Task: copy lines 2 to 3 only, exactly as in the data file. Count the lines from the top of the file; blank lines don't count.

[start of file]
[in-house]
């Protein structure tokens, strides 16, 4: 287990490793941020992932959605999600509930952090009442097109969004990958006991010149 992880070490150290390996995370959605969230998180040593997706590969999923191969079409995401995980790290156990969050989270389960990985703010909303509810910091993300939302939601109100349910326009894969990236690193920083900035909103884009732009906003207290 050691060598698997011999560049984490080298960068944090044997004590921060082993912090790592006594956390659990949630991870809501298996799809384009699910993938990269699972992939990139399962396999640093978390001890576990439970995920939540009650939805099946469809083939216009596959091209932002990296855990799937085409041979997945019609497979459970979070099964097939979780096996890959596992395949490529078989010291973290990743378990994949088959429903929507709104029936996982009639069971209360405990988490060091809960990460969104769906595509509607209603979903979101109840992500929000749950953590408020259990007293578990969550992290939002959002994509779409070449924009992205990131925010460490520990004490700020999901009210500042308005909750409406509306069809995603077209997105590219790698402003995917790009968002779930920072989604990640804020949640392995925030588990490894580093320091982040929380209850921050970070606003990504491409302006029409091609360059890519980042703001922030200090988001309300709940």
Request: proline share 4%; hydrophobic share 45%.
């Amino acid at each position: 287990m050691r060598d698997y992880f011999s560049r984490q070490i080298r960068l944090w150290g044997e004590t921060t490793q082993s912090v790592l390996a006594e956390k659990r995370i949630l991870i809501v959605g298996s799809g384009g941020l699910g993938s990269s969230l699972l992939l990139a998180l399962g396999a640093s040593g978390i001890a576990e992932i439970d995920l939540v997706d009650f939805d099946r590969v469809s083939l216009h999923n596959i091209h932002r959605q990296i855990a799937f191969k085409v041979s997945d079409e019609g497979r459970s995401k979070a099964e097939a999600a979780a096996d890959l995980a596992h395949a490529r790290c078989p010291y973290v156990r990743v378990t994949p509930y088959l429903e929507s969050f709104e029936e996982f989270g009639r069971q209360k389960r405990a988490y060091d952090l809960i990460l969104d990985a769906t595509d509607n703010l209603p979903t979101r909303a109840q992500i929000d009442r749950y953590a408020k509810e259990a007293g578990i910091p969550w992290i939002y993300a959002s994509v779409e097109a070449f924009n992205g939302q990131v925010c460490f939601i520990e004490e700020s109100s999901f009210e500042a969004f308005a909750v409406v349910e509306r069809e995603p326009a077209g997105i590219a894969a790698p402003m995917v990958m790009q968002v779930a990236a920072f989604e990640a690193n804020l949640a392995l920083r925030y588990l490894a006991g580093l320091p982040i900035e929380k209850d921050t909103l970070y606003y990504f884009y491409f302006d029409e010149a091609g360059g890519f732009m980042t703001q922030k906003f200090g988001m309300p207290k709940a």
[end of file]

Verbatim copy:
């Protein structure tokens, strides 16, 4: 287990490793941020992932959605999600509930952090009442097109969004990958006991010149 992880070490150290390996995370959605969230998180040593997706590969999923191969079409995401995980790290156990969050989270389960990985703010909303509810910091993300939302939601109100349910326009894969990236690193920083900035909103884009732009906003207290 050691060598698997011999560049984490080298960068944090044997004590921060082993912090790592006594956390659990949630991870809501298996799809384009699910993938990269699972992939990139399962396999640093978390001890576990439970995920939540009650939805099946469809083939216009596959091209932002990296855990799937085409041979997945019609497979459970979070099964097939979780096996890959596992395949490529078989010291973290990743378990994949088959429903929507709104029936996982009639069971209360405990988490060091809960990460969104769906595509509607209603979903979101109840992500929000749950953590408020259990007293578990969550992290939002959002994509779409070449924009992205990131925010460490520990004490700020999901009210500042308005909750409406509306069809995603077209997105590219790698402003995917790009968002779930920072989604990640804020949640392995925030588990490894580093320091982040929380209850921050970070606003990504491409302006029409091609360059890519980042703001922030200090988001309300709940």
Request: proline share 4%; hydrophobic share 45%.